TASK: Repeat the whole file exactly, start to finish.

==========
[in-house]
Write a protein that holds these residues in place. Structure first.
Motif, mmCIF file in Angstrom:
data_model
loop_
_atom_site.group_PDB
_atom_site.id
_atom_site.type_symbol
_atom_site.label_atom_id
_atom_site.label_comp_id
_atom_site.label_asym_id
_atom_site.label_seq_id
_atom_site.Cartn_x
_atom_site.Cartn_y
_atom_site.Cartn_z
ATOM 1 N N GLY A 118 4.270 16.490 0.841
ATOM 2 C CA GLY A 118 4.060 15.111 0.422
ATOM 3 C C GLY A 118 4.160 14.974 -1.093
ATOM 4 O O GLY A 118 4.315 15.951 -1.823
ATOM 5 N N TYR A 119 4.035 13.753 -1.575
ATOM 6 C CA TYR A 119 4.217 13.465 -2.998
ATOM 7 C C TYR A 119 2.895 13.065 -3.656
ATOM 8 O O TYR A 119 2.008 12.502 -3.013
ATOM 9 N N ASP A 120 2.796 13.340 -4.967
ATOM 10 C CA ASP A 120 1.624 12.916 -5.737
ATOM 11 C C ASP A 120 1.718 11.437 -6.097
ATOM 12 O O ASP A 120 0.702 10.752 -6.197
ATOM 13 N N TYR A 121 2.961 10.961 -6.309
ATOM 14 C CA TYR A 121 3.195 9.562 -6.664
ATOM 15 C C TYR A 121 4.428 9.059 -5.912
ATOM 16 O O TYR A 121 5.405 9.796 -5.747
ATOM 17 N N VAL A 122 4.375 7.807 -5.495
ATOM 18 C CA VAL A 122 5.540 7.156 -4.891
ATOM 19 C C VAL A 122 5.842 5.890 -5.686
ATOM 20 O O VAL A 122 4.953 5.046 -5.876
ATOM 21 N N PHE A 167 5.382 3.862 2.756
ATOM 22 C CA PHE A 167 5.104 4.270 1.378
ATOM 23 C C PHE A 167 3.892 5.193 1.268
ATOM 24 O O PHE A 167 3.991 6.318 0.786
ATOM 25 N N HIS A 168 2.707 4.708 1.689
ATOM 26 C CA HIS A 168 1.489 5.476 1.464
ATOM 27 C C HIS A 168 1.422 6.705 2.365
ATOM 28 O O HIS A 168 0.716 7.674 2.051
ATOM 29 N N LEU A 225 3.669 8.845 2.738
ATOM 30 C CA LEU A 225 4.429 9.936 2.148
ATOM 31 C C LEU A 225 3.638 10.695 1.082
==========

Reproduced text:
[in-house]
Write a protein that holds these residues in place. Structure first.
Motif, mmCIF file in Angstrom:
data_model
loop_
_atom_site.group_PDB
_atom_site.id
_atom_site.type_symbol
_atom_site.label_atom_id
_atom_site.label_comp_id
_atom_site.label_asym_id
_atom_site.label_seq_id
_atom_site.Cartn_x
_atom_site.Cartn_y
_atom_site.Cartn_z
ATOM 1 N N GLY A 118 4.270 16.490 0.841
ATOM 2 C CA GLY A 118 4.060 15.111 0.422
ATOM 3 C C GLY A 118 4.160 14.974 -1.093
ATOM 4 O O GLY A 118 4.315 15.951 -1.823
ATOM 5 N N TYR A 119 4.035 13.753 -1.575
ATOM 6 C CA TYR A 119 4.217 13.465 -2.998
ATOM 7 C C TYR A 119 2.895 13.065 -3.656
ATOM 8 O O TYR A 119 2.008 12.502 -3.013
ATOM 9 N N ASP A 120 2.796 13.340 -4.967
ATOM 10 C CA ASP A 120 1.624 12.916 -5.737
ATOM 11 C C ASP A 120 1.718 11.437 -6.097
ATOM 12 O O ASP A 120 0.702 10.752 -6.197
ATOM 13 N N TYR A 121 2.961 10.961 -6.309
ATOM 14 C CA TYR A 121 3.195 9.562 -6.664
ATOM 15 C C TYR A 121 4.428 9.059 -5.912
ATOM 16 O O TYR A 121 5.405 9.796 -5.747
ATOM 17 N N VAL A 122 4.375 7.807 -5.495
ATOM 18 C CA VAL A 122 5.540 7.156 -4.891
ATOM 19 C C VAL A 122 5.842 5.890 -5.686
ATOM 20 O O VAL A 122 4.953 5.046 -5.876
ATOM 21 N N PHE A 167 5.382 3.862 2.756
ATOM 22 C CA PHE A 167 5.104 4.270 1.378
ATOM 23 C C PHE A 167 3.892 5.193 1.268
ATOM 24 O O PHE A 167 3.991 6.318 0.786
ATOM 25 N N HIS A 168 2.707 4.708 1.689
ATOM 26 C CA HIS A 168 1.489 5.476 1.464
ATOM 27 C C HIS A 168 1.422 6.705 2.365
ATOM 28 O O HIS A 168 0.716 7.674 2.051
ATOM 29 N N LEU A 225 3.669 8.845 2.738
ATOM 30 C CA LEU A 225 4.429 9.936 2.148
ATOM 31 C C LEU A 225 3.638 10.695 1.082